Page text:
Commentary

Names Matter. Either Consumers Recognize It - Or They Mock

Names in the digital world can always be a risk.

Tribune’s newspapers, print and related businesses are changing its name back to something more recognizable: Tribune Publishing.

Its current moniker? Tronc, a name subject to some derisive comments, was introduced two years ago. That's when Tribune Company wanted to give specific identities to each of its main TV (Tribune Media) and print businesses.

When I hear “tronc,” I think “trunk” -- or the celebrated New England Patriots tight-end 'Gronk' Rob Gronkowski. That’s not good.

Before this, we had other head-scratching names. Two years ago, Disney-ABC Television younger-skewing cable network changed to Freeform from former ABC Family. That  name feels a bit loosey-goosey -- a little too free.

Time and wear and tear soothes labels and monikers. But it's no substitute for sensibility.

Previously, we had the transformation to Syfy, which made sense, as a short, easy moniker from the Sci Fi Channel.

Viacom’s Spike channel, a very male-sounding name, was changed to the softer Paramount Network in early 2017. (Will more women watch the network now?) Viacom wants to deliver more of the movie-brand associations connected with Paramount movies.

AT&T recently went through the name game. It wanted to add some zip to its growing TV advertising unit, the cumbersome moniker AT&T Advertising and Analytics. Now, it is Xandr, or a more lowercase “xandr,” as it appears on its logo.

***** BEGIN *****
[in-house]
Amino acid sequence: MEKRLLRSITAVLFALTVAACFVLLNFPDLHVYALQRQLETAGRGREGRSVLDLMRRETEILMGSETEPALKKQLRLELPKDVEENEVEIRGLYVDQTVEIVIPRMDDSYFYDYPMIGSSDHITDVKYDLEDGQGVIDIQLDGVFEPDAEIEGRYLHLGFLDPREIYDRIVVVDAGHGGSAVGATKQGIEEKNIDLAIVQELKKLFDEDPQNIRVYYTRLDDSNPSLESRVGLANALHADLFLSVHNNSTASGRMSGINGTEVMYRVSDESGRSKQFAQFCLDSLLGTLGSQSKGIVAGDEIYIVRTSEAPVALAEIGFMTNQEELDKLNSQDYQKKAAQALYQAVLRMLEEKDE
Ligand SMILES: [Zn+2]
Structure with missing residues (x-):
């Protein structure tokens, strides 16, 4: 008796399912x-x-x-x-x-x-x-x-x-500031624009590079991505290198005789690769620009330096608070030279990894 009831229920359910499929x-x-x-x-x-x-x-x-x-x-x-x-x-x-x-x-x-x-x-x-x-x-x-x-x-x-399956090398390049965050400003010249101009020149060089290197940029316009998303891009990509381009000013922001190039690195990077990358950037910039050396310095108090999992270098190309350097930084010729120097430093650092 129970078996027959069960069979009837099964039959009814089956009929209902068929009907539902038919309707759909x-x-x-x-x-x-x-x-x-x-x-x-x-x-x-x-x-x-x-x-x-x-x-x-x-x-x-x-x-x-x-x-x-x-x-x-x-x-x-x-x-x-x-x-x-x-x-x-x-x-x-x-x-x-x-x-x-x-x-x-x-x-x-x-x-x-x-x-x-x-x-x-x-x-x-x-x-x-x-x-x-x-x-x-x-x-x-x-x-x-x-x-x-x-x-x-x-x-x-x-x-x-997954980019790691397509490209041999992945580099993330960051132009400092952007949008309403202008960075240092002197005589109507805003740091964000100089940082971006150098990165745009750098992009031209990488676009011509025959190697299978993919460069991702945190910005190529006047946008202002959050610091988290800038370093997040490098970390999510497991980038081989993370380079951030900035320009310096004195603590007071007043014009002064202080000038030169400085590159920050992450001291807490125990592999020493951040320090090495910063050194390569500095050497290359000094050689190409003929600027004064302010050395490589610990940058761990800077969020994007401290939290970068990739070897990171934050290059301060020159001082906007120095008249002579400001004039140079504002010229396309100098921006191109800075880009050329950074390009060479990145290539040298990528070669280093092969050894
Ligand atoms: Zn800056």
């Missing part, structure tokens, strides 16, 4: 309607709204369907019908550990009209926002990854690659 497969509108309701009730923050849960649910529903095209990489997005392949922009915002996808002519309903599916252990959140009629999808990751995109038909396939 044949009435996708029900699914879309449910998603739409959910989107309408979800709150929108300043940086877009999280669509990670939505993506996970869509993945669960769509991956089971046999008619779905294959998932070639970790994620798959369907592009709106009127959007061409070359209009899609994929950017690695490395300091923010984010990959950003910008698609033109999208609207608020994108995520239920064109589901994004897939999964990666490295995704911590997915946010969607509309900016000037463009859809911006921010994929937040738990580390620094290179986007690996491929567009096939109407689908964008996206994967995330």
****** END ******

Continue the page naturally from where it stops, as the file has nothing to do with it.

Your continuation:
Perhaps not apparent to all business executives -- and especially consumers -- Xandr refers to Alexander Graham Bell, the company’s 19th-century founder. Still, Xandr is easy to say, and seems to yield little confusion. That makes it a good -- although not great -- name.

We are perhaps happier with something like Hulu -- which seems to have a twirl cousin, hula. Netflix? A TV 'network'-like service, for sure. But the “flix” part of the name spells theatrical movies to me.

Then again, Netflix rolls easily off the tongue. And with nearly 120 million worldwide subscribers, who could argue? But Tronc? That name is looking for a fight.

2 comments about "Names Matter. Either Consumers Recognize It - Or They Mock".
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  1. Ed Papazian from Media Dynamics Inc, October 8, 2018 at 3:38 p.m.

    Good one, Wayne. When I first heard the name Tronc I thought---for a moment---that they were talking about that big tight end of the New England Patriots----then I realized he's "Gronk" , not Tronc.

  2. Paula Lynn from Who Else Unlimited, October 8, 2018 at 8:50 p.m.

    Sounds like they just run out of words for names.

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